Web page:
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Clinical and Experimental Neuropsychology - Essay Example

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Any suspect of change in behaviour usually felt after brain damage or brain injury or any abnormality arising from brain disorder is called 'Clinical Neuropsychology' (CN) while experimental neuropsychology (EN) deals with the study of investigating human nervous system, thereby conducting laboratory assessment of human beings.
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Clinical and Experimental Neuropsychology
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Download file to see previous pages (Maruish & Moses, 1997, p. 60) It can be said that EN deals with the proven methods of verifying CN with the help of conducting various tests and experiments not only on humans but also to some extent on animals.
The relationship between clinical and experimental neuropsychology contains many aspects which are clear from the study of various psychosocial domains of brain diseases. In every cognitive domain there are aspects of language, visual perception, memory attention, and abstract reasoning, it is possible to find intriguing examples of dissociations within a specific cognitive function or otherwise curious distortions of the normal process. (Maruish & Moses, 1997, p. 59) The association between CN and EN can be depicted from those cases which are within any given cognitive function and are aware of the fact that a whole range of things can go wrong in not tested; conversely, a specific deficit in memory, attention, or language can manifest itself in a variety of interesting ways. The relationship highlights and bridges the gap between those particular disorders to its assessment.
Loss of intellectual power is a common consequence of brain disease. ...
An example of the application of this procedure is the National Adult Reading Test (NART) (H. E. Nelson, 1982). Here the patient is asked to read aloud 50 words with irregular pronunciation (thyme, ache), in order to verify the test. The ability to pronounce words correctly is not lost until a late stage in dementia and underlying this procedure is the assumption that the number of pronunciation errors reflects past learning capability or intelligence.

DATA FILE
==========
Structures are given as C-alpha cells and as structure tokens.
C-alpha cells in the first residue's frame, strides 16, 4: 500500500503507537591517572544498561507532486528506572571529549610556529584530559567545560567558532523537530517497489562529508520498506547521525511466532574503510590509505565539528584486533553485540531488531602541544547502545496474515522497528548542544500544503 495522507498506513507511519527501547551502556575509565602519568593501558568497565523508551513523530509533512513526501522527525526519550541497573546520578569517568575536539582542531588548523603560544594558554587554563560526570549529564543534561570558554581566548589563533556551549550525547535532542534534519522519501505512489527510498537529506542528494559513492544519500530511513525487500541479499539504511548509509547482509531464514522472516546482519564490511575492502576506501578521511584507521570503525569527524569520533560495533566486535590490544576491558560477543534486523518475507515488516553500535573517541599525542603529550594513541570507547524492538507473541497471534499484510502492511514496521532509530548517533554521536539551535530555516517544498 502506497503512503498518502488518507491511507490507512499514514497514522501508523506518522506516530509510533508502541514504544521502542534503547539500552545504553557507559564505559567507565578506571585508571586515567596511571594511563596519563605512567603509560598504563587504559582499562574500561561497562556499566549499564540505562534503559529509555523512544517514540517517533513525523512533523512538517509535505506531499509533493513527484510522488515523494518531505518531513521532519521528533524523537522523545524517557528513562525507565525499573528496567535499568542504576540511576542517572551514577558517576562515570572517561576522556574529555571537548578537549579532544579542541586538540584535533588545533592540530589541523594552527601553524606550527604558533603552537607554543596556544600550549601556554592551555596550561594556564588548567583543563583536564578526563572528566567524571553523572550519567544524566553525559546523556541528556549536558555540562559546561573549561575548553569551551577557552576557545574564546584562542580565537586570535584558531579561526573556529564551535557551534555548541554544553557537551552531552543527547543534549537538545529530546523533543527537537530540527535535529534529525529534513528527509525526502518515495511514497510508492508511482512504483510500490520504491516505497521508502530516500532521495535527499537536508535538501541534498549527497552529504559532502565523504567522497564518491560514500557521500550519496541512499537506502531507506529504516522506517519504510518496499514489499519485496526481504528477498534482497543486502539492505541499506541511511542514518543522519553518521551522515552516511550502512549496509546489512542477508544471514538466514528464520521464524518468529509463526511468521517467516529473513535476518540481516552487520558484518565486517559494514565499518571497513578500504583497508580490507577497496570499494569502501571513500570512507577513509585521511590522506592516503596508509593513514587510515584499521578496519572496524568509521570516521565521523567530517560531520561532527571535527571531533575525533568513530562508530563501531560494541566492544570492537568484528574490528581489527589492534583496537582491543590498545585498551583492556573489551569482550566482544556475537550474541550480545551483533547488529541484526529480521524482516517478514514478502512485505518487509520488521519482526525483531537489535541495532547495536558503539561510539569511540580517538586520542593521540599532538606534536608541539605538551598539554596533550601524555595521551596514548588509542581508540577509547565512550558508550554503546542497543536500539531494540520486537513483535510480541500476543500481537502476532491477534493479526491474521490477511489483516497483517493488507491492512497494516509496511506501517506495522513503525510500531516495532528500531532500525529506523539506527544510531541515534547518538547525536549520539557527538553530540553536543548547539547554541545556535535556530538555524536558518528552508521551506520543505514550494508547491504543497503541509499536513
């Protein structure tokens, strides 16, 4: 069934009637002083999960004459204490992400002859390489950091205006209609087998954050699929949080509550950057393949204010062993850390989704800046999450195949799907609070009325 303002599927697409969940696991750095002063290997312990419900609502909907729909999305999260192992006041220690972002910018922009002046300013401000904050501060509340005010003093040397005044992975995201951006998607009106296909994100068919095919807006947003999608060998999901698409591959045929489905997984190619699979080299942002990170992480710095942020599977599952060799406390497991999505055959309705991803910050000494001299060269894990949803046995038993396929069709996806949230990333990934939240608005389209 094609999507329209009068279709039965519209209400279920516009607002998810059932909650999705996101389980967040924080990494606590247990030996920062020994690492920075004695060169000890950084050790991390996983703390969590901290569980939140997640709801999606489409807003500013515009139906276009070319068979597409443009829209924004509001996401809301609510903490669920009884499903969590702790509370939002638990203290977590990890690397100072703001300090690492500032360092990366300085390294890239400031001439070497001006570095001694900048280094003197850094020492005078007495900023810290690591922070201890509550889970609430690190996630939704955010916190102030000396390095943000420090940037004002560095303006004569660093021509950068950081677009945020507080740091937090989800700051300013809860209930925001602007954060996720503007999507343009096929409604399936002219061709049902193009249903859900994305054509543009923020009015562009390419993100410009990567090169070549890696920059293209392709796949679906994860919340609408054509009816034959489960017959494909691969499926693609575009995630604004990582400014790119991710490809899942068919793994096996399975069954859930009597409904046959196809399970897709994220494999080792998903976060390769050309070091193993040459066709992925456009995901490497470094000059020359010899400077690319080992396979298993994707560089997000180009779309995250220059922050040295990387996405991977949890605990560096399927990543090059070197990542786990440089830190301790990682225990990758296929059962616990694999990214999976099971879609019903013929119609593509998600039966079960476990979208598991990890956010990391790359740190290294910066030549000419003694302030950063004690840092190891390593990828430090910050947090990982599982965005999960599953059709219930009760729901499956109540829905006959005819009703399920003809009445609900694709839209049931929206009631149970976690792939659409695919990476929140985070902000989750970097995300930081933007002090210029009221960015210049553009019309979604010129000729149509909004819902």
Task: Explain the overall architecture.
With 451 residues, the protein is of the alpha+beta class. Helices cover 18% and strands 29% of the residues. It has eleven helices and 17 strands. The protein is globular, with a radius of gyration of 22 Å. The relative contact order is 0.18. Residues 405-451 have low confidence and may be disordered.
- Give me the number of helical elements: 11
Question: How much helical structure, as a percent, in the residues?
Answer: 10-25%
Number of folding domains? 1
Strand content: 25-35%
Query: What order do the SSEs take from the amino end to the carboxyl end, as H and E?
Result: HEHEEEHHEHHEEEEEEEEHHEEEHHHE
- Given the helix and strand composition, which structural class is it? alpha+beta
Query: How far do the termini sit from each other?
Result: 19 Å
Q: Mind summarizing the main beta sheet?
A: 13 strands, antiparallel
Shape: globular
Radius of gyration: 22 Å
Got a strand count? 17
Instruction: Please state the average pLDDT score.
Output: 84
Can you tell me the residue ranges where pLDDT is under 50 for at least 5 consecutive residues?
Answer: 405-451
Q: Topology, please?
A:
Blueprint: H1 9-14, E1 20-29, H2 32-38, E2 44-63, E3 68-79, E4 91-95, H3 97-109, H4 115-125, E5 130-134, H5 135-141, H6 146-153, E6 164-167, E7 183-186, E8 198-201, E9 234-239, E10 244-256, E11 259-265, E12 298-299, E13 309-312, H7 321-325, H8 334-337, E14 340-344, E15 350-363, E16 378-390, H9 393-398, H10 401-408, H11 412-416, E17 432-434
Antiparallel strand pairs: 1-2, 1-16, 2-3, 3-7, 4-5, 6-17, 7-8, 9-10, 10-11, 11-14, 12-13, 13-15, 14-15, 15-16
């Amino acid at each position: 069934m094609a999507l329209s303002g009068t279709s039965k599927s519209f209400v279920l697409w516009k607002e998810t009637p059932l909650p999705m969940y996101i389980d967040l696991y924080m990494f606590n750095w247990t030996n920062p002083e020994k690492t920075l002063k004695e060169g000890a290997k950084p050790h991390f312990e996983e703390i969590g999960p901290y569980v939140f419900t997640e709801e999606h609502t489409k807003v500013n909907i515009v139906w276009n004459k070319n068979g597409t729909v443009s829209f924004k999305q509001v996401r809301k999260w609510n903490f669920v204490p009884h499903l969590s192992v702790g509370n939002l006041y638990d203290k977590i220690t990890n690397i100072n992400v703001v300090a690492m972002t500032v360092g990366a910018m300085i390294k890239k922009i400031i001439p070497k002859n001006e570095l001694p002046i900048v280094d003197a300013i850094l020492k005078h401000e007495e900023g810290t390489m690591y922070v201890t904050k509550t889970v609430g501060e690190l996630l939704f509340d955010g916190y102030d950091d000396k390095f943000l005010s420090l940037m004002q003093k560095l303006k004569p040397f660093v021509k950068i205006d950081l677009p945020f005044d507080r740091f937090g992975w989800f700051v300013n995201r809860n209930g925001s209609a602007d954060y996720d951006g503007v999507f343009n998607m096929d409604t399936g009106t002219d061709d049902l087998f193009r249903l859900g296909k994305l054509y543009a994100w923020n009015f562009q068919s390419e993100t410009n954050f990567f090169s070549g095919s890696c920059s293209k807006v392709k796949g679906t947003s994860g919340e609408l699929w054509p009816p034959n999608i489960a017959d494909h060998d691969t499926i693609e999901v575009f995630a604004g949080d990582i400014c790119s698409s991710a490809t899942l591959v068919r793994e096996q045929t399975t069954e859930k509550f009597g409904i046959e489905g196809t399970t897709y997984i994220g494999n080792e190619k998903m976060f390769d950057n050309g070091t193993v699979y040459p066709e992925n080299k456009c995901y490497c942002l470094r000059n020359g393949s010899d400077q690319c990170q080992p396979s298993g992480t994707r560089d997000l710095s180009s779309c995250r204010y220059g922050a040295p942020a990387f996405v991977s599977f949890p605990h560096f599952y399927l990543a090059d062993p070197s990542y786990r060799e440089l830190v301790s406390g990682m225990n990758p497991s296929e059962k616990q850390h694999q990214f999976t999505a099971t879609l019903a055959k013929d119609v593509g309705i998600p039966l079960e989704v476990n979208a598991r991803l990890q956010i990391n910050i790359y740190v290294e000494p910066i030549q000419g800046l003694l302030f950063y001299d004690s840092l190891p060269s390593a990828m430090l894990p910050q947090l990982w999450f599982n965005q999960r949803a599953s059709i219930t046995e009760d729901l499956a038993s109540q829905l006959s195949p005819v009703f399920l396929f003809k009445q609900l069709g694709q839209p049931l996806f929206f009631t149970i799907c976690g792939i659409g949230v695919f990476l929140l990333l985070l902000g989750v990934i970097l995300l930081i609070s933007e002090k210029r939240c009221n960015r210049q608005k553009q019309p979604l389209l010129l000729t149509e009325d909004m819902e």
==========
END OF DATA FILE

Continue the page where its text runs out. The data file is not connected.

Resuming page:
Memory and Amnesia
It is quite difficult to make a clear distinction between psychological and neuropsychological approaches to memory. On one hand, many psychological concepts about memory have drawn on anecdotal observations of memory impairment in brain-damaged individuals, while, on the other, CN and EN psychologists have adopted many of the ideas about the structure and processes of memory from psychological investigations. If there is a difference in emphasis, it is that psychological research into memory function has tended to focus more on the structure and integrity of memory in 'normal' individuals, whereas the neuropsychological approach has concentrated primarily on the effects of brain damage or injury on memory function.
Disturbances in language function are a frequent consequence of the 'dementing' process. Other language disorders include diseases like Aphasia which is commonly associated with the progression of Alzheimer's disease, but is also reported in patients with other degenerative conditions. Most comprehensive neuropsychological examinations of patients with dementing conditions involve some tests of the integrity of communication functions. Therefore it is clear that CN and EN are interlinked with each other ...Download file to see next pages Read More
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